Fish are out there waiting, when wind allows some breathing space
When the wind finally allows some breathing space, the fish are out there waiting.
So are the birds and the dolphins. There have been huge work- ups all over the Hauraki Gulf, from just outside the Noises to a short distance off Whangaparaoa Peninsula. But not all of the activity translates into good fishing. In fact, there may be no snapper under some of the areas where the activity is congregated. But it is in every fisherman’s nature to stop and check it out, either by dropping a soft bait or slow jig or a metal jig, or a bait. It is always worth dropping the anchor along with some berley and waiting for some action. This has been working well for some anglers at around 40 metres, and it is only the weather that has stopped people getting out in the past two weeks.
Things are also picking up in close around Auck- land with male snapper in schools in the Motuihe Channel, at Crusoe Rock and Church Bay. The first kingfish are also turning up on the reef at Maria Island and the David Rocks, while the best conditioned scallops are coming from the Noises.
Divers working the reefs at the bottom end of Waiheke Island are scoring some crayfish. John dory continue to surprise fishermen, and the Tamaki Strait is holding good numbers.
In the Bay of Plenty, the gurnard are still in close, but snapper are also starting to move in and soft- baiters are gearing up for some better weather conditions. Snapper can be found off the beaches in about 15 metres over the sand.
Gurnard are also still predominating on the Kaipara Harbour but some catches of snapper have surprised those who are expecting to catch only gurnard while fishing inside the harbour. The feature film of this year’s RISE Fly Fishing Film Festival, Pure Fly NZ, is from a new television series that sets a new benchmark in fly fishing entertainment.
The film from Gin- Clear media explores the myriad of fly fishing opportunities on the West Coast of the South Island. In its 12th year, the festival showcases exclusive premieres from the world’s best fly fishing film- makers.
Another festival highlight, Corazon, is the work of master film- maker R. A. Beattie and is a tribute to a remarkable Mexican fishing guide Sandflea.
Another film, Providence, recounts the first trip back to Providence Atoll in the Seychelles since the waters were closed to all boat access in 2010 due to the threat of pirates.
Yakutia is the latest effort from up- and- coming film- maker Jakp Lucas, and chronicles an extreme adventure deep into the uncharted wilderness of Siberia where giant trout- like taimen and pike await adventurers, as well as predatory fish species never before caught on fly.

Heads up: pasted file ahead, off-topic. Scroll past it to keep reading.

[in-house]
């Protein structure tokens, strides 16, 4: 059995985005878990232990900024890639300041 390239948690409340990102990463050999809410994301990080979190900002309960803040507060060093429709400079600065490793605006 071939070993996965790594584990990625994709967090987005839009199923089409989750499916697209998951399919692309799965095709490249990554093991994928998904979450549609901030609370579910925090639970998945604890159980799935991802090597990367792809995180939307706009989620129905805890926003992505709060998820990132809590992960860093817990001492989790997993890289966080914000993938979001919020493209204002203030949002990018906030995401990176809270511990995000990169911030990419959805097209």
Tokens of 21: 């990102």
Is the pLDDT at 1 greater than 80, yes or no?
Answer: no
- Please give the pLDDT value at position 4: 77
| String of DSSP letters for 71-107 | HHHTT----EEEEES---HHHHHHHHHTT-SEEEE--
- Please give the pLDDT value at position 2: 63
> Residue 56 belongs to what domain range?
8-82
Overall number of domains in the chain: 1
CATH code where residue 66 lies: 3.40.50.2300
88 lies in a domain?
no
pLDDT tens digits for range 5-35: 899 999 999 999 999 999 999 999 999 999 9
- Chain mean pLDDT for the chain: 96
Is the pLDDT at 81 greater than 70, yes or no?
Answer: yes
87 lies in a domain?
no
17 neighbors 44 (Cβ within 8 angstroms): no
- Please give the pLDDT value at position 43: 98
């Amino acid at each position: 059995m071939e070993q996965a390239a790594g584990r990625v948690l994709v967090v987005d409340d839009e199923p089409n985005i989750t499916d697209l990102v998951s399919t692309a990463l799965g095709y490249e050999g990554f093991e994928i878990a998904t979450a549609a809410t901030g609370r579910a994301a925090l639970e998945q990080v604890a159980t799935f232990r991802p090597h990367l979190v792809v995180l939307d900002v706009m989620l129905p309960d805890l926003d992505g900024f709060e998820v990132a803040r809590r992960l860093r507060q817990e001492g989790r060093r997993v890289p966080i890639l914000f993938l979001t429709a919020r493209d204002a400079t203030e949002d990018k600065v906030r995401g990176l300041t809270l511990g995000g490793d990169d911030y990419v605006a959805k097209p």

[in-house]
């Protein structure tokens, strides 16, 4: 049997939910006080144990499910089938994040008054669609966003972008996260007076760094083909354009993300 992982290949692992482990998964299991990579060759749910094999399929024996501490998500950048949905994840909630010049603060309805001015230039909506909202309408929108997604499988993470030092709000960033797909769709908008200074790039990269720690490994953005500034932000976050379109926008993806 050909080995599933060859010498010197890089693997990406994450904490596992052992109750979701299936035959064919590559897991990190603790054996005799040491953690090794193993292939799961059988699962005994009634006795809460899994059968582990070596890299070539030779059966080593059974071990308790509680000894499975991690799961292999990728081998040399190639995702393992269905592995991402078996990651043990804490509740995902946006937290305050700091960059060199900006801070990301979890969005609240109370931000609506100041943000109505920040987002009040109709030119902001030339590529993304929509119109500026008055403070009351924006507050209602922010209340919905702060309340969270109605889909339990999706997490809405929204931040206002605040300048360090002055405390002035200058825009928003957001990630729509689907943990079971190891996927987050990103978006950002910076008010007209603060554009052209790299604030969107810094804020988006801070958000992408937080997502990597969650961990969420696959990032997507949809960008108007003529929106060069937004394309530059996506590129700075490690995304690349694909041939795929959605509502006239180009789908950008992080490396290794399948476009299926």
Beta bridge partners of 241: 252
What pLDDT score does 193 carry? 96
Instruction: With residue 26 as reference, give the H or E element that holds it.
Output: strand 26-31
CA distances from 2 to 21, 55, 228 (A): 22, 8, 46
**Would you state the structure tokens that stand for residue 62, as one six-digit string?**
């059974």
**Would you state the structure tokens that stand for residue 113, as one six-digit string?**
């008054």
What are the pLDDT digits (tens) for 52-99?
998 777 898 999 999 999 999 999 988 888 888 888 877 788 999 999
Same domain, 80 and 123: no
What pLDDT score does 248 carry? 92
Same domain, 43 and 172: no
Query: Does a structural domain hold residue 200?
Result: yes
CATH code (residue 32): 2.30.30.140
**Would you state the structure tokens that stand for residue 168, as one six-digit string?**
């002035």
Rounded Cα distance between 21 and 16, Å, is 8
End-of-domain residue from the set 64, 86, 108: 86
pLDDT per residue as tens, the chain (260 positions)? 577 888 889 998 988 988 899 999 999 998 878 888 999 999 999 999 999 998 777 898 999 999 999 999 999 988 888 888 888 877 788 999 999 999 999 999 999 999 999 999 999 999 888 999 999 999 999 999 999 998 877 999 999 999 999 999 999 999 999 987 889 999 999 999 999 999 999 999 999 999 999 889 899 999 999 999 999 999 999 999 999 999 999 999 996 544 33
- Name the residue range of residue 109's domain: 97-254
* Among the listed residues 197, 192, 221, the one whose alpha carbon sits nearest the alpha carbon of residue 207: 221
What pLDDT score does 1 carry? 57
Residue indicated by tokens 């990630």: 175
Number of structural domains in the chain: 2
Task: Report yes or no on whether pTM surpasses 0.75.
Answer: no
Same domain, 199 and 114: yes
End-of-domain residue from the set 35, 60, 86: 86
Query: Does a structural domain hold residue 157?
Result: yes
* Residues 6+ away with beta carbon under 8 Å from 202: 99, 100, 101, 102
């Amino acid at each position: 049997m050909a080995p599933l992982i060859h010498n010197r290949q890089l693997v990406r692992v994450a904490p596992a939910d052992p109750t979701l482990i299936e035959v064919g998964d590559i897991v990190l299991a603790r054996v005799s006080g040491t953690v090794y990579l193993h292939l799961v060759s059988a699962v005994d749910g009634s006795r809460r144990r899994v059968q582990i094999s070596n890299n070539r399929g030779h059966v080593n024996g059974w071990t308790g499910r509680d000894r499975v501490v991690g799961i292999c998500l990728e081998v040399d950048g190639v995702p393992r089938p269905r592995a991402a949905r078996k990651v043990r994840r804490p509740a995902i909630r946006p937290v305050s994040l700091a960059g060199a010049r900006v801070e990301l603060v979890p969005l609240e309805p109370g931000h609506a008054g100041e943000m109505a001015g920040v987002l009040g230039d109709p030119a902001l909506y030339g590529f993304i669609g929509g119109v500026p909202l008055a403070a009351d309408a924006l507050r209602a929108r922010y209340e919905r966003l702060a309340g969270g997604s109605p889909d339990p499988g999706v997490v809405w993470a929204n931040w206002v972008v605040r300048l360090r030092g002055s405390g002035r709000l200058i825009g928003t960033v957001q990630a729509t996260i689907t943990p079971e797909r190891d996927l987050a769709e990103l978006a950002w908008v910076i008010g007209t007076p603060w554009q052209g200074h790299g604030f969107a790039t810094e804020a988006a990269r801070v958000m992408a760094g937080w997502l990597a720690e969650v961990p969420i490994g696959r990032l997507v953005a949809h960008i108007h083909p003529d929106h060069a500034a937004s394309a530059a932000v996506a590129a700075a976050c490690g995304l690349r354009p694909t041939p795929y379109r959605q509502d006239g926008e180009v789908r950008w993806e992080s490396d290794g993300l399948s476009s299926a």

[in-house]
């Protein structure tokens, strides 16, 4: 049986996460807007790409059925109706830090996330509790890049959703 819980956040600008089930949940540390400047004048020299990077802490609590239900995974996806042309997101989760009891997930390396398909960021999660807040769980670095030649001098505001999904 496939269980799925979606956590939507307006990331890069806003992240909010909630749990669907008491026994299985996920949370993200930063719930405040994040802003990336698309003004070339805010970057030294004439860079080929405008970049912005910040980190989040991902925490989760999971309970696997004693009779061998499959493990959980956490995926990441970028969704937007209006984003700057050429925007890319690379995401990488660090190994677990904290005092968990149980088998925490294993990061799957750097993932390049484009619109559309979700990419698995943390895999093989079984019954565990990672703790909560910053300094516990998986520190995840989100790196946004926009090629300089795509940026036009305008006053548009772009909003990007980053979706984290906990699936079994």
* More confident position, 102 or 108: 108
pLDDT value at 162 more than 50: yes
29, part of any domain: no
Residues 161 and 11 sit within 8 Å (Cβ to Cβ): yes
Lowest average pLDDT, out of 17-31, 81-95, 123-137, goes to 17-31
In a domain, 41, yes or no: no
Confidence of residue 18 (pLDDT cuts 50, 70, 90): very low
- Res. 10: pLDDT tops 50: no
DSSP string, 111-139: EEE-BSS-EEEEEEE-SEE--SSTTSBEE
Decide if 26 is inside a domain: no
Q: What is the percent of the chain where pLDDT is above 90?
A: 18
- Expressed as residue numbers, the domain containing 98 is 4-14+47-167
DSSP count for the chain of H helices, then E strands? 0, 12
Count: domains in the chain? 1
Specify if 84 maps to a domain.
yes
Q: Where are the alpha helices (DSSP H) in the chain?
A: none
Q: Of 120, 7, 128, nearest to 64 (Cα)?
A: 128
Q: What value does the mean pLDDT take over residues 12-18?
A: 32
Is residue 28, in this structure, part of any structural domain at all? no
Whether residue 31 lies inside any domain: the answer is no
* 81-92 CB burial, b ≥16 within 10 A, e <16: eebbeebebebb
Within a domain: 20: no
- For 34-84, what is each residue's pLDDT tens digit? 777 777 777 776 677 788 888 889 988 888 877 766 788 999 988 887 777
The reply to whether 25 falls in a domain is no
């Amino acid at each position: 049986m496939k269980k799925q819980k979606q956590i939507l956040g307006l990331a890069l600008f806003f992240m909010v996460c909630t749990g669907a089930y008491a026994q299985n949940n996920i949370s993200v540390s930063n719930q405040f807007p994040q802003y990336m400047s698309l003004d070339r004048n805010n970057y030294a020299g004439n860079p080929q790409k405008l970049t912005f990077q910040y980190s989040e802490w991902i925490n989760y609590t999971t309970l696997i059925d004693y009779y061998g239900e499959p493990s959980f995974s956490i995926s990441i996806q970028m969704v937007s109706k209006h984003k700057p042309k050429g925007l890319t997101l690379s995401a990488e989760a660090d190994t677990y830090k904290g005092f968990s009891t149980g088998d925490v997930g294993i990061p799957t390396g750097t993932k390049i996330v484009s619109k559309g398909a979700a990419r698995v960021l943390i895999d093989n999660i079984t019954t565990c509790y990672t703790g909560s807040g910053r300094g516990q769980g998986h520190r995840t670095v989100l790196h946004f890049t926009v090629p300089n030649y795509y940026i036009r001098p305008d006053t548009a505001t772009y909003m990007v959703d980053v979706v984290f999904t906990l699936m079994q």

Gin- Clear director Nick Reygaert said the festival allowed the fishing community to share their passion for the sport by attending film screenings across the country, just before the new trout season opens.
The festival screens in Auckland on Tuesday, Hamilton on September 20 and Taupo on September 21, and will tour the country. Tickets can be obtained at gin- clear. com.
This year marks 150 years since trout were first introduced to this country. They came from ova, or eggs, shipped from Tasmania where they had been successfully introduced from Britain only three years earlier. There are no trout or salmon native to the southern hemisphere, and browns were the first trout to make the long journey southwards. The first trout hatched here was one of three eggs which survived out of 1200 brought from Tasmania, and they were hatched on October 10, 1867, in the Canterbury Acclimatisation Society’s grounds in Hagley Park.
A year later the Otago Acclimatisation Society sent their curator, Charles Clifford, to Hobart to obtain more brown trout eggs. He returned on the ship Free Trader with 800 eggs, of which 724 hatched. The Nelson and Southland acclimatisation societies also procured trout ova from Tasmania the same year, and the country was assured a healthy trout population.
Rainbow trout were not introduced here until 1887 when the first shipment of eggs from California survived the six- week voyage.
A large taimen, which is related to our trout, from the Siberian wilderness. Geoff Thomas